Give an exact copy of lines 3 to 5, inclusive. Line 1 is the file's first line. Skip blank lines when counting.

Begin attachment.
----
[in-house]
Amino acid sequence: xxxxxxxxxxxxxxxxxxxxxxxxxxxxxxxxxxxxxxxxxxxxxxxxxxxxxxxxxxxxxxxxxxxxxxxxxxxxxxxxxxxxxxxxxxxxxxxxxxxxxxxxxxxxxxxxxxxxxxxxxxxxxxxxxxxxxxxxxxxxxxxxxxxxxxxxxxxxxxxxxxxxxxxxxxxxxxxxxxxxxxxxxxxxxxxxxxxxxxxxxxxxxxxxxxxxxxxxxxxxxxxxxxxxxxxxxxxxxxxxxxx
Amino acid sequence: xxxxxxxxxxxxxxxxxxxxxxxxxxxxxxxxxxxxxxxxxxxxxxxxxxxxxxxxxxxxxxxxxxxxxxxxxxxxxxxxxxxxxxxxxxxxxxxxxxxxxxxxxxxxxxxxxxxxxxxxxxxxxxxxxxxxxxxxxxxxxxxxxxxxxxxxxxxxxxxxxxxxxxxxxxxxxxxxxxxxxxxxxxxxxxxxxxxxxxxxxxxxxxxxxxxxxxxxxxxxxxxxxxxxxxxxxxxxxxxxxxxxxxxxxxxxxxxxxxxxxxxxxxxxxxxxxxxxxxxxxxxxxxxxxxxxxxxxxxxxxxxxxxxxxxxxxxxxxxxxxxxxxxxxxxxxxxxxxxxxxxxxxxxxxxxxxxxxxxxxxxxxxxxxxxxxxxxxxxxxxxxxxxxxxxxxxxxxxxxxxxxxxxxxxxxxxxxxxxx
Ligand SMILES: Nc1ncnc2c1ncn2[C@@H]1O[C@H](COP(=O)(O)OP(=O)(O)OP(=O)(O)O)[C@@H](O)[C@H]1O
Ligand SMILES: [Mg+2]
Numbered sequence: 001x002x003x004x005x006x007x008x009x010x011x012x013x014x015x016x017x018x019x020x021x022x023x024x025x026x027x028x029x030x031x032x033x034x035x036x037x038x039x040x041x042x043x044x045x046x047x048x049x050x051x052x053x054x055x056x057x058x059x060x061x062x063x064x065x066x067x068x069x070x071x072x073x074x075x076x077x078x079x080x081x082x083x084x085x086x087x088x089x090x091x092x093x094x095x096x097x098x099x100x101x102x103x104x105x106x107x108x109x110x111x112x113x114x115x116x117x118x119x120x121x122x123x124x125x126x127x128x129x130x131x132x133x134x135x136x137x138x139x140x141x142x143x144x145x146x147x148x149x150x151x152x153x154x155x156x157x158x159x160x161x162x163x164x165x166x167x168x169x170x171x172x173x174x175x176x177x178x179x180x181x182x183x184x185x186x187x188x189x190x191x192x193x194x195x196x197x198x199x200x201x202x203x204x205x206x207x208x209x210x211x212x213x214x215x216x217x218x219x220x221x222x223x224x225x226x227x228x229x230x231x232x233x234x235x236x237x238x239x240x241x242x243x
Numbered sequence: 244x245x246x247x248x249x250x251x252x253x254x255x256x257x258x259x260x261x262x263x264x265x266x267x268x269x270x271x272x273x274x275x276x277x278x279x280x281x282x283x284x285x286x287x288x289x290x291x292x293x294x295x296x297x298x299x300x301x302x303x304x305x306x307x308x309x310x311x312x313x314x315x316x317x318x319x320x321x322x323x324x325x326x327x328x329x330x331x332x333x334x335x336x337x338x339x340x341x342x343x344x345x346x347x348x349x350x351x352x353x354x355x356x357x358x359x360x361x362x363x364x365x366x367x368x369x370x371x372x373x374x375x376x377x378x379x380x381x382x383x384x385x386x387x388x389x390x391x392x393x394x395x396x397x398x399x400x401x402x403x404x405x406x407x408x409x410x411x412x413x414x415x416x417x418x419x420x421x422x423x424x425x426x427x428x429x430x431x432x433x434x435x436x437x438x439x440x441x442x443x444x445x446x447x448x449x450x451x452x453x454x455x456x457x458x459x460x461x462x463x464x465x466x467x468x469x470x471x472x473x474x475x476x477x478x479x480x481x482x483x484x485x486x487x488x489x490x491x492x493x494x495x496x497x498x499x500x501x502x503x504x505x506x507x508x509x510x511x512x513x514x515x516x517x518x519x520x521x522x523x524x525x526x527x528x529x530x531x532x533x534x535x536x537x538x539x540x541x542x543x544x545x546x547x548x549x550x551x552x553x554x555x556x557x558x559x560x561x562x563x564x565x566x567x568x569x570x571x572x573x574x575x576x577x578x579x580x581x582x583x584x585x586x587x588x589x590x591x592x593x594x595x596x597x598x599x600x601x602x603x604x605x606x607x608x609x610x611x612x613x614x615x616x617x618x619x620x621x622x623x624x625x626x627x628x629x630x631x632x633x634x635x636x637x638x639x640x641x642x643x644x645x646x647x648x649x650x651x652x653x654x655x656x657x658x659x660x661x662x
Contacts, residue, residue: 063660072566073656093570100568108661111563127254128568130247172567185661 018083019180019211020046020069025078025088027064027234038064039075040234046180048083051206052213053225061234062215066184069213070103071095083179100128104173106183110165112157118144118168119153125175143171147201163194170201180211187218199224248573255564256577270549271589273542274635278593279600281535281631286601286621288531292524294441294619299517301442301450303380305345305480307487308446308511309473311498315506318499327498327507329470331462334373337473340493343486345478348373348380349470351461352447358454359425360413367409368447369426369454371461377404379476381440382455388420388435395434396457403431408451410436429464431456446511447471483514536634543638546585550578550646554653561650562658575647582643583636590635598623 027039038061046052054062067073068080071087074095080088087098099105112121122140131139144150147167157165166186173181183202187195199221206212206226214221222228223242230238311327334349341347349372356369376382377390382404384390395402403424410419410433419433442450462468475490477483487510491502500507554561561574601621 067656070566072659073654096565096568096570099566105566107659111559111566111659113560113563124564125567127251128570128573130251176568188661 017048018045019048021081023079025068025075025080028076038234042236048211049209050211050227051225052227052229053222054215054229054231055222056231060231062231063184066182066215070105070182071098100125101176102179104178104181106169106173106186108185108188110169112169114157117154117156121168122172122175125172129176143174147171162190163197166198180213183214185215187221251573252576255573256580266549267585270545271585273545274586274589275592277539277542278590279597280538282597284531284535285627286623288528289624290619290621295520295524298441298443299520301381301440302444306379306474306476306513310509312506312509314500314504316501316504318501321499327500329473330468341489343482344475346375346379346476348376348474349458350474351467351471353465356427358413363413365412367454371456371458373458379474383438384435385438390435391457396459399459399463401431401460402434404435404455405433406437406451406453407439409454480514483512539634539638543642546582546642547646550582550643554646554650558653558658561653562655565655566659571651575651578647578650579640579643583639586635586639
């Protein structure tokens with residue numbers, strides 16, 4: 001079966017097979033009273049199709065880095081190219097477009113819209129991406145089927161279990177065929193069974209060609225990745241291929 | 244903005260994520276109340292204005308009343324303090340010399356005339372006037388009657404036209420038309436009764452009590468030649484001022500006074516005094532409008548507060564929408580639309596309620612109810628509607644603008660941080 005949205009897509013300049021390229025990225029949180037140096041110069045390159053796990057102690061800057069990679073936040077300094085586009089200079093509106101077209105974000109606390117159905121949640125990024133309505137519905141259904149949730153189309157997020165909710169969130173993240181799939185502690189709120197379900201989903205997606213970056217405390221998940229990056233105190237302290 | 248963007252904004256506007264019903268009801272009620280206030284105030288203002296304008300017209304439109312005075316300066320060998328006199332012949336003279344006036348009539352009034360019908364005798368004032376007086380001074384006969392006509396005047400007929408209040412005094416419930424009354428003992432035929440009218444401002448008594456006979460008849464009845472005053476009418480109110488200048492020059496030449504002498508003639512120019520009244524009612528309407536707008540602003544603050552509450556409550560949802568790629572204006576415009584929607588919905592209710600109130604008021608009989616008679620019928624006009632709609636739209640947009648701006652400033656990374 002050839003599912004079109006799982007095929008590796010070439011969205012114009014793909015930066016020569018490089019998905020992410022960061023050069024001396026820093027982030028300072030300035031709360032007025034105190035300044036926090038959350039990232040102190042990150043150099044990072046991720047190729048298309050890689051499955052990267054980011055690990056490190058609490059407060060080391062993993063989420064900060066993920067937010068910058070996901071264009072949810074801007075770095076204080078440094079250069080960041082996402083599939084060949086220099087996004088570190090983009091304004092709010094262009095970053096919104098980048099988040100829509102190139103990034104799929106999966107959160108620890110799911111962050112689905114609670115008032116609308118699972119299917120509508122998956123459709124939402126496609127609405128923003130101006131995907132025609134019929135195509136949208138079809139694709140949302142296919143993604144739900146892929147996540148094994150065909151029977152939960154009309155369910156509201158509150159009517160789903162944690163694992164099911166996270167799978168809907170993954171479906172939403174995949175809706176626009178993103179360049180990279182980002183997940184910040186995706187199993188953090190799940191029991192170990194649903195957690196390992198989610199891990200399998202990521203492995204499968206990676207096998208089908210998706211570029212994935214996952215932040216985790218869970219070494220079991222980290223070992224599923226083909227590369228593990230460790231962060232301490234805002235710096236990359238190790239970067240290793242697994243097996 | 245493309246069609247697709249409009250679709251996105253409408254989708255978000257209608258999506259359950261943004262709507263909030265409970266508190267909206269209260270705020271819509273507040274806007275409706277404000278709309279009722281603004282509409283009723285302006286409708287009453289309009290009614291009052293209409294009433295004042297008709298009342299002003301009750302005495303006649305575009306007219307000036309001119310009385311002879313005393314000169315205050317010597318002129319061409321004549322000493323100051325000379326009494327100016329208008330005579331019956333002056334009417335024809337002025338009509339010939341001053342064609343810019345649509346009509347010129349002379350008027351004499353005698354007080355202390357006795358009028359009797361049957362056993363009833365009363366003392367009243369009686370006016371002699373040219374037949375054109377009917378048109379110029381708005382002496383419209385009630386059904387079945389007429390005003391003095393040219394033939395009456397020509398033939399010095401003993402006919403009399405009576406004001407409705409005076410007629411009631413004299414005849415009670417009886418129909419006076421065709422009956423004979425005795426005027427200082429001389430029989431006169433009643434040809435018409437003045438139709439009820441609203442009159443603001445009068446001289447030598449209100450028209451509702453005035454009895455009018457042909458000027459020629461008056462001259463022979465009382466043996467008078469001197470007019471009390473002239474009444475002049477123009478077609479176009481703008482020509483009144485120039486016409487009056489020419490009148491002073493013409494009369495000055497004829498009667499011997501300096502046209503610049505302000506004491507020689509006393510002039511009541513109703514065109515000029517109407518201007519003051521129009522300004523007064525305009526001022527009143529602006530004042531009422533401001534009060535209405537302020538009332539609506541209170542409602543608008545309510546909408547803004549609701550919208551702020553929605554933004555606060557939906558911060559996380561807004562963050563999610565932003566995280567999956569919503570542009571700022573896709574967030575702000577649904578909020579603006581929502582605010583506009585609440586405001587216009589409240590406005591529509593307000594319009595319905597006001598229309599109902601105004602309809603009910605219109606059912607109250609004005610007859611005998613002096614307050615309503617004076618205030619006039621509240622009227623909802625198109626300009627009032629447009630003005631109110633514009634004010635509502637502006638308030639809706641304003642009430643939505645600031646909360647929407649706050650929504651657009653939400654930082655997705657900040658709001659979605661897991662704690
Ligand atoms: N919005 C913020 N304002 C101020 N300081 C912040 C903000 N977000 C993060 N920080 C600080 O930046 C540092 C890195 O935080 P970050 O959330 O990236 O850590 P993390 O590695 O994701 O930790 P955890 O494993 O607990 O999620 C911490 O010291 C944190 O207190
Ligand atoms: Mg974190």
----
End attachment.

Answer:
Amino acid sequence: xxxxxxxxxxxxxxxxxxxxxxxxxxxxxxxxxxxxxxxxxxxxxxxxxxxxxxxxxxxxxxxxxxxxxxxxxxxxxxxxxxxxxxxxxxxxxxxxxxxxxxxxxxxxxxxxxxxxxxxxxxxxxxxxxxxxxxxxxxxxxxxxxxxxxxxxxxxxxxxxxxxxxxxxxxxxxxxxxxxxxxxxxxxxxxxxxxxxxxxxxxxxxxxxxxxxxxxxxxxxxxxxxxxxxxxxxxxxxxxxxxxxxxxxxxxxxxxxxxxxxxxxxxxxxxxxxxxxxxxxxxxxxxxxxxxxxxxxxxxxxxxxxxxxxxxxxxxxxxxxxxxxxxxxxxxxxxxxxxxxxxxxxxxxxxxxxxxxxxxxxxxxxxxxxxxxxxxxxxxxxxxxxxxxxxxxxxxxxxxxxxxxxxxxxxxxxxxxxxx
Ligand SMILES: Nc1ncnc2c1ncn2[C@@H]1O[C@H](COP(=O)(O)OP(=O)(O)OP(=O)(O)O)[C@@H](O)[C@H]1O
Ligand SMILES: [Mg+2]